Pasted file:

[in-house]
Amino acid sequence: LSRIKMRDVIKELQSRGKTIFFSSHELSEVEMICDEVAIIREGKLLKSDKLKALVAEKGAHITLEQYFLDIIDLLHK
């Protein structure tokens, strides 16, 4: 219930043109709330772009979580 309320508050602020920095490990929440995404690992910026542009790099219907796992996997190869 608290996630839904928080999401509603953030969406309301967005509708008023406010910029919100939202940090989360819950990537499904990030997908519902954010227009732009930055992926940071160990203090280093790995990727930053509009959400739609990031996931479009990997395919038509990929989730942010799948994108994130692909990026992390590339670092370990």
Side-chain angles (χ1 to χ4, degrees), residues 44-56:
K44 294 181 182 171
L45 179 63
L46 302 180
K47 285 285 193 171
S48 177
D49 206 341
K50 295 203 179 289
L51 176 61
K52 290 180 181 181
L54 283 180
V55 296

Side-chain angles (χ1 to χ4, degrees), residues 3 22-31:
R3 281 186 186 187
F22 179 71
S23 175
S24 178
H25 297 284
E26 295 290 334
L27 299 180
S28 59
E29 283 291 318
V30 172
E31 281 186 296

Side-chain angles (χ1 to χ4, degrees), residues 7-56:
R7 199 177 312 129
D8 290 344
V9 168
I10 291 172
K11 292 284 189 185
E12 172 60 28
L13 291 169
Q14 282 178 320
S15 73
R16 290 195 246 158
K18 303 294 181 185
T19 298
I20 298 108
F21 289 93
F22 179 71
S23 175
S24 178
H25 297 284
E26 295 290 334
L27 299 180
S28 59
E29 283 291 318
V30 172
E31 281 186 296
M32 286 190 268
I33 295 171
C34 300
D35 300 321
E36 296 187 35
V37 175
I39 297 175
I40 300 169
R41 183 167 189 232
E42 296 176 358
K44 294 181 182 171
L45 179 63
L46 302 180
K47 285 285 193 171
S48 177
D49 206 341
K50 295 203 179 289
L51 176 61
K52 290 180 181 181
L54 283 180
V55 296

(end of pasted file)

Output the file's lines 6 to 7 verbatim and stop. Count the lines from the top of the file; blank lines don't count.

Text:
L45 179 63
L46 302 180